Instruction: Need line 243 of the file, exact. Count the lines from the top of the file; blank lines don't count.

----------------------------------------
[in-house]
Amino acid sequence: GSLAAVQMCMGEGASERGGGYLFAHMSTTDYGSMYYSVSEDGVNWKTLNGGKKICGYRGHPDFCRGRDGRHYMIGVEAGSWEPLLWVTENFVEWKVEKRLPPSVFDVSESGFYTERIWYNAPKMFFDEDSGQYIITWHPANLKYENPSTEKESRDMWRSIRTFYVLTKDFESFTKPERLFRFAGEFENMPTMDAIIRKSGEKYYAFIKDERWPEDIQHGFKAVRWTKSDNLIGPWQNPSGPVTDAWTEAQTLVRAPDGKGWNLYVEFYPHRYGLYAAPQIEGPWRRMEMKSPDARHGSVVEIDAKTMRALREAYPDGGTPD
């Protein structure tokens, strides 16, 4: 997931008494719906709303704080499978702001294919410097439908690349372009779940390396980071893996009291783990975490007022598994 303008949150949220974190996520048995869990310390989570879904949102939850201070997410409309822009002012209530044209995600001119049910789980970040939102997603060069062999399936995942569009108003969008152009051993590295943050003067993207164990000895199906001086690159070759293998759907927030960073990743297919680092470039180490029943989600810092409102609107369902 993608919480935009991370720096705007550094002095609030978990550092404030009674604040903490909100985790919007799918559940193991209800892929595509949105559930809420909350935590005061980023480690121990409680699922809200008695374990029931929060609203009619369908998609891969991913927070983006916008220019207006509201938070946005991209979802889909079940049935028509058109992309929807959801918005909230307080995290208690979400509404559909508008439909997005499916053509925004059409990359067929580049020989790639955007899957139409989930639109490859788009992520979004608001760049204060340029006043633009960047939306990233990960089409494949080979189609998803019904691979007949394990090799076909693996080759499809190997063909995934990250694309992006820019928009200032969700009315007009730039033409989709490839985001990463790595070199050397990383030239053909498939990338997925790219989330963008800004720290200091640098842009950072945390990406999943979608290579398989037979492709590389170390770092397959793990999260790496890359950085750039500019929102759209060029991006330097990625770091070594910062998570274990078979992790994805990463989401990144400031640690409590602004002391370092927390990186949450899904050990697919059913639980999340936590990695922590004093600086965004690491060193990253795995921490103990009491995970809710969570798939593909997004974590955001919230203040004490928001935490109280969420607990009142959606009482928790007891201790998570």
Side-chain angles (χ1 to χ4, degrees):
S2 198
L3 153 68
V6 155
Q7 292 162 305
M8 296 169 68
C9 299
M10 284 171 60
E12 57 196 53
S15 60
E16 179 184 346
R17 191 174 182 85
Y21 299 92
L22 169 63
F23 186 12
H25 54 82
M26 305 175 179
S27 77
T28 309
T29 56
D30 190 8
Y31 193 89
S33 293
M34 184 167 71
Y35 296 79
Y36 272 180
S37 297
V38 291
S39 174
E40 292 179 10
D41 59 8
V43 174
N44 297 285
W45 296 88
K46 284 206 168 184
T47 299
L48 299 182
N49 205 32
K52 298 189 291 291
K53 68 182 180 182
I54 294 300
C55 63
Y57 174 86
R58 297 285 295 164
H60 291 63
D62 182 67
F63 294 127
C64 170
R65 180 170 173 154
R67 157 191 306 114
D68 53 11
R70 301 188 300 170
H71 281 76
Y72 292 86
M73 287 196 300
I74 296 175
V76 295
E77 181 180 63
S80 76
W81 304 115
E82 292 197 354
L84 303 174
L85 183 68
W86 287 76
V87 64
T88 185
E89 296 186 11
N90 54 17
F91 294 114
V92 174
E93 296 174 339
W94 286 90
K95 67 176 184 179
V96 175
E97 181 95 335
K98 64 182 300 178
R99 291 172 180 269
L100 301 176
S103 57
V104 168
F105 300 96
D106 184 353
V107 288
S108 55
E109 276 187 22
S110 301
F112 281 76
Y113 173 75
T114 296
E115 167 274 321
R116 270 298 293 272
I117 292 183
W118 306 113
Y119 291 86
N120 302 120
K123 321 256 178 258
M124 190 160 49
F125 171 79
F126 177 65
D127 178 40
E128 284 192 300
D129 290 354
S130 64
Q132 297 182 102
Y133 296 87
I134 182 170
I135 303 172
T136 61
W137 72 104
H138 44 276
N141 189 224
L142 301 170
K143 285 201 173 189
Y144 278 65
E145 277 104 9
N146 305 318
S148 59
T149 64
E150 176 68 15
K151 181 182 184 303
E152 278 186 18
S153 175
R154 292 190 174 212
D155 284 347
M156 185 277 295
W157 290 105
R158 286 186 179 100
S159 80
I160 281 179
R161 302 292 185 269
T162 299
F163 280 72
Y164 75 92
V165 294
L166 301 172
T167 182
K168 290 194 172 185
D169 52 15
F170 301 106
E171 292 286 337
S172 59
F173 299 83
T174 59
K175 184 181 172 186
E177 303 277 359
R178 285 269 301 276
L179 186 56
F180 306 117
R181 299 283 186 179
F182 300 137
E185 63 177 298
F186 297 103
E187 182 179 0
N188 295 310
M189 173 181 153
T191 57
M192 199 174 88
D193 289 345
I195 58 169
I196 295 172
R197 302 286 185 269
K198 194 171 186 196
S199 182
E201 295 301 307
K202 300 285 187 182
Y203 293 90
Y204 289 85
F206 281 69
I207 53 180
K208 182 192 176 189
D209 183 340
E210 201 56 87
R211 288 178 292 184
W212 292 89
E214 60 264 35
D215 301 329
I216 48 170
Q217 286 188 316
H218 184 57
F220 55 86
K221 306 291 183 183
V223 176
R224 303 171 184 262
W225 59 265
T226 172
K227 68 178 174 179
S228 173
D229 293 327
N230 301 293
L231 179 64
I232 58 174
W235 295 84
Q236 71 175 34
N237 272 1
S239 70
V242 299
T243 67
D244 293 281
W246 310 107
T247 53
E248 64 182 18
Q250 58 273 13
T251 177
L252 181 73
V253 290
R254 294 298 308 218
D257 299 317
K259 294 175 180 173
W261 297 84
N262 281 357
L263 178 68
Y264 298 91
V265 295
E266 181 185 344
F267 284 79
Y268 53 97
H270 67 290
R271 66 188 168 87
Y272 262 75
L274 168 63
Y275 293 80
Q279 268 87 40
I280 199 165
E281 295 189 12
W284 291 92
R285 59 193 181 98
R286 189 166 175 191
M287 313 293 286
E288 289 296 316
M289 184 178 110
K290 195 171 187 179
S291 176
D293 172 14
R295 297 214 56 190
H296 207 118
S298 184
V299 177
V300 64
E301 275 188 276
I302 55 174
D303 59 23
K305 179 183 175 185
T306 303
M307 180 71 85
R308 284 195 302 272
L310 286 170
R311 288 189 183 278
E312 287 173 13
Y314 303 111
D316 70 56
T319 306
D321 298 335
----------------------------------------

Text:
I302 55 174